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Bart responds to readers, friend and foe, as time allows.

February Gold Q&A: Ask your Questions!

Dear Gold Members, It is time for our monthly Gold Q&A.  Have a question?  Ask it!  Anything related to the blog! To enter your question on to the list: send it to Diane at [email protected] DEADLINE for your question. Midnight EST this Friday, Feb. 25.  I will make the recording that weekend, and it will be available, if all goes to plan, on Monday, Feb. 28. I'm looking forward to it!   Bart  

2022-02-22T18:23:12-05:00February 22nd, 2022|Public Forum, Reader’s Questions|

Why I Prefer the NRSV

In my various posts recently I've talked about problems I have with the NRSV; some people have asked why, then, it is my preferred translation.  And even more commonly (a few times a month) I get asked if there are ANY translations out there that try to give the original form of the text instead of the one(s) altered by scribes. I've dealt with both questions in the past, and here will, in short order, explain my overall strong preference for the NRSV, all things considered.  This is a post from aeons ago. ****************************** A number of people have responded to some of my recent comments by asking what my preferred Bible translation is. I get asked the question a lot – especially since my book Misquoting Jesus, where I talk about the changes scribes made in the manuscripts they copied over the years.  A number of readers were alarmed and wondered whether I should let scholars know about these problems.  In every case I responded that yes, indeed, scholars – all scholars of the [...]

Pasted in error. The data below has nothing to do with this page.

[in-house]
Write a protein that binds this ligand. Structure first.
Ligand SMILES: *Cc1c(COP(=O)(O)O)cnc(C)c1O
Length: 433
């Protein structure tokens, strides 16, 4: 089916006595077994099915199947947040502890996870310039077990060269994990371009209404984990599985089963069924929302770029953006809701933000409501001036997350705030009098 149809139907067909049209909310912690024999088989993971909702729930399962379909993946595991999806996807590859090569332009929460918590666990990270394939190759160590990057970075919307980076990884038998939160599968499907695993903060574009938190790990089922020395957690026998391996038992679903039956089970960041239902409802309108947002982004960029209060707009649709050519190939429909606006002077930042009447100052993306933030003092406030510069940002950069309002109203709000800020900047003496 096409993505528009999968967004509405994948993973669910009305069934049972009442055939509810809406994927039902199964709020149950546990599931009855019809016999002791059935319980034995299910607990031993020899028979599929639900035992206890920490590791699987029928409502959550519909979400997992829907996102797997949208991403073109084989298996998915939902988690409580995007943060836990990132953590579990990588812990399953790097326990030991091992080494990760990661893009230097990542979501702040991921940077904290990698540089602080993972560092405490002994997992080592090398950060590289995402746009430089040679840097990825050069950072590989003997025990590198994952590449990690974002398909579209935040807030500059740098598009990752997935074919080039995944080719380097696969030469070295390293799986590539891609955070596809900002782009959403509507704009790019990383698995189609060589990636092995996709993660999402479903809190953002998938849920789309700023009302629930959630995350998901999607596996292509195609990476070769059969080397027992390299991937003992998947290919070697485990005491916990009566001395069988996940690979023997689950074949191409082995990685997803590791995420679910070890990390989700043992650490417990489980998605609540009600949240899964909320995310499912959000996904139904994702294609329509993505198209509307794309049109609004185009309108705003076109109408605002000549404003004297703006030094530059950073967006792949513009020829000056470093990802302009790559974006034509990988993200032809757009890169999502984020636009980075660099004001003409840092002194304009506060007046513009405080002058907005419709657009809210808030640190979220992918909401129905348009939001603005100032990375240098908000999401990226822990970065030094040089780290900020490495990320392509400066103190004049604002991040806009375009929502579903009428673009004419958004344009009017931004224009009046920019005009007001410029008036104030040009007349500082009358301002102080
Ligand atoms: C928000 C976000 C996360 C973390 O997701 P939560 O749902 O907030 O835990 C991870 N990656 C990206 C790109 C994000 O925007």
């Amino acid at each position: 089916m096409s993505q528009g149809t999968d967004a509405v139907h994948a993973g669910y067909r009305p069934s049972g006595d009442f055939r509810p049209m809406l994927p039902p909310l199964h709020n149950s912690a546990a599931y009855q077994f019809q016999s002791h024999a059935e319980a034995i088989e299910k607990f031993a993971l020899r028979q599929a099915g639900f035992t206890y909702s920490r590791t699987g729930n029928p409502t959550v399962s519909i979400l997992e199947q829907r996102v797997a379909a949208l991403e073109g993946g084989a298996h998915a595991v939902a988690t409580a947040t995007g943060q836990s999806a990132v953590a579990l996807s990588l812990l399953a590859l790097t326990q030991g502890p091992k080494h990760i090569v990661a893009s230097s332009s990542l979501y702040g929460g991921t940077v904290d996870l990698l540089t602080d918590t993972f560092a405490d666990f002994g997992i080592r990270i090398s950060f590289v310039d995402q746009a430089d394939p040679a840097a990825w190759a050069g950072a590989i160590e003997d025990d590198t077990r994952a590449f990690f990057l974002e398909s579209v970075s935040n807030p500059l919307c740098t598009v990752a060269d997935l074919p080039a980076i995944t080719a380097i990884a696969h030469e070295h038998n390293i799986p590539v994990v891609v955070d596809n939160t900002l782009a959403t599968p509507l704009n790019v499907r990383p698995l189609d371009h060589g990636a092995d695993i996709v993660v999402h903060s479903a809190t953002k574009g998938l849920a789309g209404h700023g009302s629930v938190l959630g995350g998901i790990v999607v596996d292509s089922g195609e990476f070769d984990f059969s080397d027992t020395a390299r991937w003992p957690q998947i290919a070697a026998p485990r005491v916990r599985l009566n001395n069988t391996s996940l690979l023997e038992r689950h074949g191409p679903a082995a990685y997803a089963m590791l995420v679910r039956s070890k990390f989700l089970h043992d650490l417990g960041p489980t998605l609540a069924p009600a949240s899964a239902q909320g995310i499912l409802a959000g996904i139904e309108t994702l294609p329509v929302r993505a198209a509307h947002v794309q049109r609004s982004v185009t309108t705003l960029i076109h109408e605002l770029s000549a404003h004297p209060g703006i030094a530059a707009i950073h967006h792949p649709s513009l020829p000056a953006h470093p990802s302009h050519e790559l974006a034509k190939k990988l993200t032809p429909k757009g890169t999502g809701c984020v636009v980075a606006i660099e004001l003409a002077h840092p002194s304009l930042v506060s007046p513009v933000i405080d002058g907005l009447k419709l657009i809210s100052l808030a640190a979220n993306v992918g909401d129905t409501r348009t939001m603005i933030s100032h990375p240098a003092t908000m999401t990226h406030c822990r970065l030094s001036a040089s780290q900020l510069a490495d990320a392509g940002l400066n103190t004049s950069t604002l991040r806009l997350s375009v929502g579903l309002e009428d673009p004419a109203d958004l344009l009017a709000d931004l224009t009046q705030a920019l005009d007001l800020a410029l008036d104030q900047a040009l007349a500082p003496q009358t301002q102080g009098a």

Knowing What Jesus Said and Did

I was just now looking through some old posts on the blog -- there over 2000 of them, since 2012 -- and ran across one that struck me as particularly relevant, to me at least.  It's the topic I'll be discussing with my PhD students on Tuesday, and it turns out this is what I first said about it in a post I made nine years ago.  I'll say pretty much the same thing on Tuesday! It's in response to a question from a reader, about how scholars try to determine what Jesus said and did.  ****************************** QUESTION: I've seen, somewhere on the internet (I know, great source!) some discussion that modern scholarship is moving away from the idea of criteria (such as multiple attestation, dissimilarity, etc.) and that the use of criteria is becoming seen as outmoded. Is there any truth to this, or were these sources just blowing smoke? RESPONSE: This question is about the criteria that scholars use to establish historically reliable material about the historical Jesus.  For background: there are several [...]

2021-10-18T17:37:48-04:00October 19th, 2021|Historical Jesus, Reader’s Questions|

Why and When Did We Get This Canon of the New Testament?